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Academic honesty

This evening, when I could have been writing some musings or an answer key for an exam, or doing some grading, or helping get my students’ MAP paperwork in order [1], or spending time with my family, I instead got to spend my time writing up an academic honesty [2] case. I hate writing up academic honesty cases. It takes a lot of my time [3] and emotional energy. It will take a lot of time for the members of the Committee on Academic Standing to review the materials and to interview the students involved. And it will likely cause those students a lot of stress.

As I’ve told my students, these cases don’t make me angry, they make me sad. I’m sad that students have reached a point in which they feel like they have to cheat in order to succeed. I do my best to make things less high stakes. There’s a there’s more to life than CS clause for every take-home exam in CSC 151 which guarantees you a 70 on the exam if you spend appropriate effort. There’s enough different work in the class that no one exam or assignment should be make-or-break for a student. And, as I think most of my CSC 151 students will tell you, I work hard to answer questions they may have on the take-home exams.

But every two or three semesters, I hit an instance in which students clearly copied. What leads them to do so? I don’t usually hear their stories; the Committee on Academic Standing holds the hearing and only gives me an outcome [4]. But I suspect a number of issues come into place. Some students face incredible pressures to get only A’s. The pressures may be external (e.g., family) or internal. Most of our students are behind on sleep, and lack of sleep can lead to bad decisions. Some students, in feeling pressure to succeed, pressure other students to help them.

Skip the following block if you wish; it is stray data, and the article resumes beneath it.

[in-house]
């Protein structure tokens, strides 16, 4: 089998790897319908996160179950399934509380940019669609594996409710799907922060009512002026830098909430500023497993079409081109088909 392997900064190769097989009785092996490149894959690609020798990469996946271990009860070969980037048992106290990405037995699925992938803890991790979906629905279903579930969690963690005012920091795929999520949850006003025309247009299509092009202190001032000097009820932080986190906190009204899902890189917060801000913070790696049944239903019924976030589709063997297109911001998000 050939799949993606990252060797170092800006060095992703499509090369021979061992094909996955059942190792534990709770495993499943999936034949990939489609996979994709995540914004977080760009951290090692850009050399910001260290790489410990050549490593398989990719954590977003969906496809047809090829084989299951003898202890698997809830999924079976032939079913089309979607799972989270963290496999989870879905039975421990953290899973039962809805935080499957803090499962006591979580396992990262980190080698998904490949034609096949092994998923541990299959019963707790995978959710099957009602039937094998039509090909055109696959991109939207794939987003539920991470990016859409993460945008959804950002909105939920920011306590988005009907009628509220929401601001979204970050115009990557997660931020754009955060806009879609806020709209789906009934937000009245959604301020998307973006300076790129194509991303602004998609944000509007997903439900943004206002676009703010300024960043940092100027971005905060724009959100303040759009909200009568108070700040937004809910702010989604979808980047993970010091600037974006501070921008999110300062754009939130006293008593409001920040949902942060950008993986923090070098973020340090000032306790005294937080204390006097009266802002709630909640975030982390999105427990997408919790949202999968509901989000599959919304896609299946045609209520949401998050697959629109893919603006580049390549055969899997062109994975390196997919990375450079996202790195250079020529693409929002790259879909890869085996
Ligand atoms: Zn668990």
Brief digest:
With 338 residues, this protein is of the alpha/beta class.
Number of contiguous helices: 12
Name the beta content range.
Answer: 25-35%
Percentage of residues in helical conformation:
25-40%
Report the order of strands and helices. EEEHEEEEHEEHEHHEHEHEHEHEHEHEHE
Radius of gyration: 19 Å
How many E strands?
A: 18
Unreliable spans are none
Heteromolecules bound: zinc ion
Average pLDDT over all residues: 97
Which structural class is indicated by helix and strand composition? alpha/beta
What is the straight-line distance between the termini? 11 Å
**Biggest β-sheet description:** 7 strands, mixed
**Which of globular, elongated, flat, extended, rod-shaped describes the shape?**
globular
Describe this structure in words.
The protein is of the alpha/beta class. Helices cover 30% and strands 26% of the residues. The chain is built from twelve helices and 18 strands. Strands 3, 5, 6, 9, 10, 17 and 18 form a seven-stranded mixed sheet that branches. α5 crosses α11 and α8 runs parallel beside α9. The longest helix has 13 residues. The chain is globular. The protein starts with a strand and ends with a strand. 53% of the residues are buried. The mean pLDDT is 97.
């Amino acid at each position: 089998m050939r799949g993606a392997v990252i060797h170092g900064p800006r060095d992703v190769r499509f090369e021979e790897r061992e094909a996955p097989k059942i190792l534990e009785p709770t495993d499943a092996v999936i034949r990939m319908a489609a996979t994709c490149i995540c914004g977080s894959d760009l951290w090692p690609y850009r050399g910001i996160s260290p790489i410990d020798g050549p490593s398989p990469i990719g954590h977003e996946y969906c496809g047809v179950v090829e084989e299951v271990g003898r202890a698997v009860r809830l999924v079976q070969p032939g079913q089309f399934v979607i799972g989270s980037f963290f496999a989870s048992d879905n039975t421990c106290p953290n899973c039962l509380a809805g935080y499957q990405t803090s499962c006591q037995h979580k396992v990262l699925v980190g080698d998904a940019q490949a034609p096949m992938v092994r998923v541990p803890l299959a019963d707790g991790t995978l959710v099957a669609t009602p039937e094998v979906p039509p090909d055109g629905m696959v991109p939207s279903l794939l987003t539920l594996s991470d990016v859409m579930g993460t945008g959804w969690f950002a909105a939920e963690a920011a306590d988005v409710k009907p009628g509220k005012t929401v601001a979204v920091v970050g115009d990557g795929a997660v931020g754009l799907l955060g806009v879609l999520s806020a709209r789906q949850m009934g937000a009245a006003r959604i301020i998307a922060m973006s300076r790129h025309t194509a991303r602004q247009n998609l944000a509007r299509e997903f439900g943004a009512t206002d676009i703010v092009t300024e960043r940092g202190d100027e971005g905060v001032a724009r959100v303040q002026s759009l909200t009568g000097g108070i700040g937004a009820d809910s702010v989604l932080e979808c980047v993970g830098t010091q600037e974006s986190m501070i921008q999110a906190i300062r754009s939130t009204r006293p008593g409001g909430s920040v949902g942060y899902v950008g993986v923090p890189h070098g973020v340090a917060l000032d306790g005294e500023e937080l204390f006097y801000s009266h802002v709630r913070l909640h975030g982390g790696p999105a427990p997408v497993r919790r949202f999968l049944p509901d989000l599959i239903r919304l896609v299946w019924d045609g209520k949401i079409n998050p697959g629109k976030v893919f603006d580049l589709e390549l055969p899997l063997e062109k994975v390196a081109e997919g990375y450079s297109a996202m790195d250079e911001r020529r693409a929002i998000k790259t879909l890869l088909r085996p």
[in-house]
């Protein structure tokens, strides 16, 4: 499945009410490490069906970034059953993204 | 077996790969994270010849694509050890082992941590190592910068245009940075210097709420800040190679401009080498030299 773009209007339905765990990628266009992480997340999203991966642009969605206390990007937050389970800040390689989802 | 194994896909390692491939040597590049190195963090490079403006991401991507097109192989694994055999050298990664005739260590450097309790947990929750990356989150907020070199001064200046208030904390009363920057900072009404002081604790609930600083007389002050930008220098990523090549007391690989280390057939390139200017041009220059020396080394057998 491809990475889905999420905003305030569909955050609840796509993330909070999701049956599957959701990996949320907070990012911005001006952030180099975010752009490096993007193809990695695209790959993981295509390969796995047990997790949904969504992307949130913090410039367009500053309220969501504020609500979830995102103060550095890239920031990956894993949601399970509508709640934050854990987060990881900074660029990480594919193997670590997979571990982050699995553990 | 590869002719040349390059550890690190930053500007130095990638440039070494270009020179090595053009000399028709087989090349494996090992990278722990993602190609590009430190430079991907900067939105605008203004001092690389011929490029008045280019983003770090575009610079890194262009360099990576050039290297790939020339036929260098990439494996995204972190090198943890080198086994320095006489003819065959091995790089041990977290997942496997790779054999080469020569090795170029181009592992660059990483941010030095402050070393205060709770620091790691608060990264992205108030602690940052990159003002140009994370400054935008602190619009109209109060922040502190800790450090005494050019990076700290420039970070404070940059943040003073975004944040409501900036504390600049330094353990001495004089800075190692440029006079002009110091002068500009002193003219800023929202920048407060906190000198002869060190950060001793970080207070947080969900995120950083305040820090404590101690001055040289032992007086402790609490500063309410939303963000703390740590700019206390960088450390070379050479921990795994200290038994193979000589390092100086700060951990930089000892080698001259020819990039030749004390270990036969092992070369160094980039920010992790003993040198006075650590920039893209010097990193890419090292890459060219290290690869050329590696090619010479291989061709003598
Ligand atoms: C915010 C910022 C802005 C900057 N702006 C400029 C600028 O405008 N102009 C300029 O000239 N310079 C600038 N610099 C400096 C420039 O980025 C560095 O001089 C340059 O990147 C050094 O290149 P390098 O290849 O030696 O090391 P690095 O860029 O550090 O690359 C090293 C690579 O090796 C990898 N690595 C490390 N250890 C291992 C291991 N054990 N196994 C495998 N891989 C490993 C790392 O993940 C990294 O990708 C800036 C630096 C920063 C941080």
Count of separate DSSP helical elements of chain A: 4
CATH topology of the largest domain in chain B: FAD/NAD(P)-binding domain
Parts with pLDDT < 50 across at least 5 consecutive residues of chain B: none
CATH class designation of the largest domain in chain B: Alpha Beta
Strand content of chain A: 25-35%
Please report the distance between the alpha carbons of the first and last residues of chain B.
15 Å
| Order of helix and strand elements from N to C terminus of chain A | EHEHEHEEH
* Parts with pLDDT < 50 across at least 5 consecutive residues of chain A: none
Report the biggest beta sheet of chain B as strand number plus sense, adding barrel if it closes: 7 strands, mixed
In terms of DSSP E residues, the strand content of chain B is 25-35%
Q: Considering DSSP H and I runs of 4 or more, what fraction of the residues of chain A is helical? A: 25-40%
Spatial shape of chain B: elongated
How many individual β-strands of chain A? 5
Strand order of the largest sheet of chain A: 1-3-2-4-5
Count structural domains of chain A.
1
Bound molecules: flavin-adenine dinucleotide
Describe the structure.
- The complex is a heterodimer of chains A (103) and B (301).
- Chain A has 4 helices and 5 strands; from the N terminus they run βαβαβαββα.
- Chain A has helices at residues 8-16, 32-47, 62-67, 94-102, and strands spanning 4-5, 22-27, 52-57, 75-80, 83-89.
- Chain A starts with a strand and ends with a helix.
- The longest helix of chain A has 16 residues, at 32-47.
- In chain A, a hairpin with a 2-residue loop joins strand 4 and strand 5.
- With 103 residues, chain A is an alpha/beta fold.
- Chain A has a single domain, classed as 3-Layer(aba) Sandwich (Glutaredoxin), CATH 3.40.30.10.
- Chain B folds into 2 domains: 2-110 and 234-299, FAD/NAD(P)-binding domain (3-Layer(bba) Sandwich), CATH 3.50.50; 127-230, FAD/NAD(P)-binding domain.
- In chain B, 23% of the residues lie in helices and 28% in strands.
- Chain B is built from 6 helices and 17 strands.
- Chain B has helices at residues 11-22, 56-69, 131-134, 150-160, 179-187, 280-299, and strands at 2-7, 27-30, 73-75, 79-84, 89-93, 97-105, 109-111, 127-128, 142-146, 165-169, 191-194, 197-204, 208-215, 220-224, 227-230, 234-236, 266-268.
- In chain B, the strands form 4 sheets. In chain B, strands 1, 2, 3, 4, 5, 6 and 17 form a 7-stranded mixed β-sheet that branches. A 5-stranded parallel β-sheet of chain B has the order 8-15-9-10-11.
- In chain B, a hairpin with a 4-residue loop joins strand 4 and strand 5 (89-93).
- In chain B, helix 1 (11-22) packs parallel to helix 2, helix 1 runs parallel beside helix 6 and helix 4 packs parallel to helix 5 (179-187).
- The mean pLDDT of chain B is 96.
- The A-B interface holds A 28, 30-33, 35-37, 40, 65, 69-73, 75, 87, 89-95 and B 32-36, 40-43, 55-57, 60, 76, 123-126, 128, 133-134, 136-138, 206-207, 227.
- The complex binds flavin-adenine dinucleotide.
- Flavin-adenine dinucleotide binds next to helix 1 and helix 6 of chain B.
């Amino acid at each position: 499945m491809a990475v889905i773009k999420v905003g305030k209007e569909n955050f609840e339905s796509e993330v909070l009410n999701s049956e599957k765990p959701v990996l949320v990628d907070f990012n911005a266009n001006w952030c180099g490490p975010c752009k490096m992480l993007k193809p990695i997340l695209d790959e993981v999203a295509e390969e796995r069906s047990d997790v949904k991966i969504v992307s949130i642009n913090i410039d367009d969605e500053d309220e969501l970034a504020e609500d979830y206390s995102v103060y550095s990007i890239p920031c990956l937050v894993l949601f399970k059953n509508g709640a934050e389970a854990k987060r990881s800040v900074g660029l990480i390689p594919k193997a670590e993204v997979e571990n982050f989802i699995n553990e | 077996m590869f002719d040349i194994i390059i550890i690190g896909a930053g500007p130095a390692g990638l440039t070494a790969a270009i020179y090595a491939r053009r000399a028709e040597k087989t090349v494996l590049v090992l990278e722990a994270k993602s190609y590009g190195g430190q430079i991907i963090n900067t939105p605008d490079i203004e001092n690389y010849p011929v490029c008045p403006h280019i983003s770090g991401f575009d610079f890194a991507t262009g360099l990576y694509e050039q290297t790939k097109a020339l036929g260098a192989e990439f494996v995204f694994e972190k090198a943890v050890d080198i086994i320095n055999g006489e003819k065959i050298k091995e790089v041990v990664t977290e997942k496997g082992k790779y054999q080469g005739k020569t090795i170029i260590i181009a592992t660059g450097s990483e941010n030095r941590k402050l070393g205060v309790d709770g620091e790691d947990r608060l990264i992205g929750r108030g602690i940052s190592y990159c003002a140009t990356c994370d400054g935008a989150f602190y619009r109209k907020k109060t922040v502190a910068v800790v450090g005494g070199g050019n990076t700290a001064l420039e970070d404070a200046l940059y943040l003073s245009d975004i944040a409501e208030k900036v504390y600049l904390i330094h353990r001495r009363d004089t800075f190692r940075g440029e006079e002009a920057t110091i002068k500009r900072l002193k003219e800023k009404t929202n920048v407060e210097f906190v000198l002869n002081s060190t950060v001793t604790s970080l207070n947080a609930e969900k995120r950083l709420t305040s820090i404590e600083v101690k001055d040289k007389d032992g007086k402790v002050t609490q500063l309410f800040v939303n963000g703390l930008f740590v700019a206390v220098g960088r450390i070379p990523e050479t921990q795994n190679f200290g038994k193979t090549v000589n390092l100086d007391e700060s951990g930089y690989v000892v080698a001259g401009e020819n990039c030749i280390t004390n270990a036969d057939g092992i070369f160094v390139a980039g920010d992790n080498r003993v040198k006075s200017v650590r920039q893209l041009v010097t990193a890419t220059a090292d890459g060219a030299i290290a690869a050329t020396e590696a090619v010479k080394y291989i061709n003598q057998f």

Are these good reasons to cheat? Not really. Am I nonetheless sympathetic to students who feel that they have to cheat. Yes. Does that affect whether or not I report? No. The College requires me to report suspected cases or at least to discuss them with the Chair of the Subcommittee on Academic Honesty [6]. As importantly, the people I am training are potentially computing professionals, and professionals who copy code without citing are putting their company and their clients at risk. You can read more about these issues in the CS department academic honesty policy and the incredibly long statement I make students read at the start of each semester.

Where does that leave us? I’m sad that I had to report students. I’m sad that they will end up being even more stressed during week fourteen. I wish that I had been able to go to sleep earlier. And I probably should find another way to talk to students about how damaging academic dishonesty can be.

[1] Don’t worry MAP students! We’ll get it in.

[2] Well, academic dishonesty.

[3] Over two hours this evening just to write up the case and get the documents in order. Some uncounted amount of time before tonight thinking about the issues involved.

[4] Responsible with some associated penalty [5] or Not responsible.

[5] Contrary to what some people have claimed, Grinnell does not expel students for academic dishonesty, at least not in the first case. There’s a graduated set of penalties, from a zero on the assignment and a loss of one letter grade level in the class, to failure in the class, to suspension, to expulsion.

[6] I don’t know if their title has so many capital letters but I figure it never hurts to include them.

Version 1.0 of 2017-05-07.